Where do we go from here for the Moor Pool estate? The residents have been failed by the council, which did not prepare a character appraisal in time, despite having more than 19 years to do so, that would have constrained a planning application. The council claims to have a clear commitment to produce character appraisals for all its conservation areas, but so far it has done so for only nine of its 28 conservation areas. The council can clearly do that quickly if it wants to, as it did with the application for Digbeth. In the case of the Moor Pool estate, it seems that even if the leader of the council himself chairs the steering group, nothing much gets done. I urge the Minster to look again at the 1990 Act. Surely it cannot be right and equitable for an Act to impose a statutory duty without being more specific about when that duty should be performed—“from time to time” is just not good enough.
I congratulate my hon. Friend the Member for Birmingham, Edgbaston (Ms Stuart) on securing the debate. The historic environment is a very important subject indeed, and one that is at the heart of the Government’s planning policy. I also commend her for the active interest she takes in the historic environment within her constituency, particularly with regard to the Moor Pool estate. It is, as she rightly says, an early example of that peculiarly 20th-century manifestation, garden suburbs, which can be extremely charming and deserve to be conserved.
As she will know, I cannot comment on the specific problems that the residents of the Moor Pool estate are having with Birmingham city council. Individual and specific planning issues, such as the one she has described extremely well and so forensically today, are a matter for local government rather than national Government. I believe that that is right, because accountability for planning decisions must rest at the local level—in other words, with the council that takes the planning decisions. That accountability is exercised through the ballot box, and it is right that it is exercised through the local rather than the national ballot box. In other words, people have to live with the consequences of their decisions locally.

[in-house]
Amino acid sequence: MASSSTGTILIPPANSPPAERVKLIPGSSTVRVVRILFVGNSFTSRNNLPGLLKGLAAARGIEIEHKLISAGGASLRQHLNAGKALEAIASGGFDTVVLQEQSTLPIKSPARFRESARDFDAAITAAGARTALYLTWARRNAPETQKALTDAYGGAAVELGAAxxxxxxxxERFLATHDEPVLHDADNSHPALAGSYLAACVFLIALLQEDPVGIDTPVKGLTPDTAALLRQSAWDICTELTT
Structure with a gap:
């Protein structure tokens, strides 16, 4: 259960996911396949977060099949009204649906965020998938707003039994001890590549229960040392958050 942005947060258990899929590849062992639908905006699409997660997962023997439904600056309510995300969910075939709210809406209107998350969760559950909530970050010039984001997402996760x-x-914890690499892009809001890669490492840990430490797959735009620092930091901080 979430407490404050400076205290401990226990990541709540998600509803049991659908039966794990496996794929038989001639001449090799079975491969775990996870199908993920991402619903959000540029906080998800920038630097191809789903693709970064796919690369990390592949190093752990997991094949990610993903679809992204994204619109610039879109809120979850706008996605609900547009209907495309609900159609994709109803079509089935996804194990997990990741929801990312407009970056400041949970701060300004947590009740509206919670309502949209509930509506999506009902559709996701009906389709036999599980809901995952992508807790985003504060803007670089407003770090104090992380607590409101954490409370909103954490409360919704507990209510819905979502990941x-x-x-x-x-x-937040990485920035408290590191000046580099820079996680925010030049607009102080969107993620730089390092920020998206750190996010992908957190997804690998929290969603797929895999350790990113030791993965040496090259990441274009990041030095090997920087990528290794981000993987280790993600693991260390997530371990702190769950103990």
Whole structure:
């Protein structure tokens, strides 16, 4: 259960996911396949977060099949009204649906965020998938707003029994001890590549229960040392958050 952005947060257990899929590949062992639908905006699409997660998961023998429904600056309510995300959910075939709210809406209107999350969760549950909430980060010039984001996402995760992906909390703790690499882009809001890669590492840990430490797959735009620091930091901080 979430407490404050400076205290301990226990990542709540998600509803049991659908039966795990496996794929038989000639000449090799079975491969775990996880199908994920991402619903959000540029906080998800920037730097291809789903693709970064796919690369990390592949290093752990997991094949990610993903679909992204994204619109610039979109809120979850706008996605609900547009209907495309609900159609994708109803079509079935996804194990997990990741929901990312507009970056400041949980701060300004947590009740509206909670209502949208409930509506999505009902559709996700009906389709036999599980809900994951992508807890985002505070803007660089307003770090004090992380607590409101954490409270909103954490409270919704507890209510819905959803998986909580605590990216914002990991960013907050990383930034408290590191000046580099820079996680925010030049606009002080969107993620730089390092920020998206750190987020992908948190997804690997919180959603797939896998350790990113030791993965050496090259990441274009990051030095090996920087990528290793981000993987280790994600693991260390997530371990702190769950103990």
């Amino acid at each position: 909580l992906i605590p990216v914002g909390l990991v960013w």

However, I can give my hon. Friend the legal context within which Birmingham city council must operate when making those decisions, which is a matter for national Government. As she will know, that context is changing. On 24 July this year the Government issued a consultation paper on our new planning policy statement for the historical environment, and I urge her to submit as part of that consultation the points she has so ably made today. Her points about timing are absolutely crucial: one can have a duty, but if it does not have to be exercised for 39 or perhaps even 49 years, what is the point of it?
The new planning policy statement is designed to replace the present PPG15 on this subject, and also PPG16 on archaeology and planning. As those policy guidance documents were first issued in 1994 and 1991 respectively, the importance of the consultation on the Government’s first new policy statement for 15 years cannot be overstated. My hon. Friend’s Adjournment debate is consequently very timely.
As my hon. Friend knows, the main legislative measures for protecting conservation areas are set out in primary legislation, some of which she mentioned. Under that suite of legislation, local planning authorities have a duty to determine which of their areas have architectural or historic interest, to designate them as conservation areas, to formulate and publish proposals for their enhancement and preservation and, most importantly—going back to local accountability—to put proposals to the public whom they serve so that their views can be taken into account.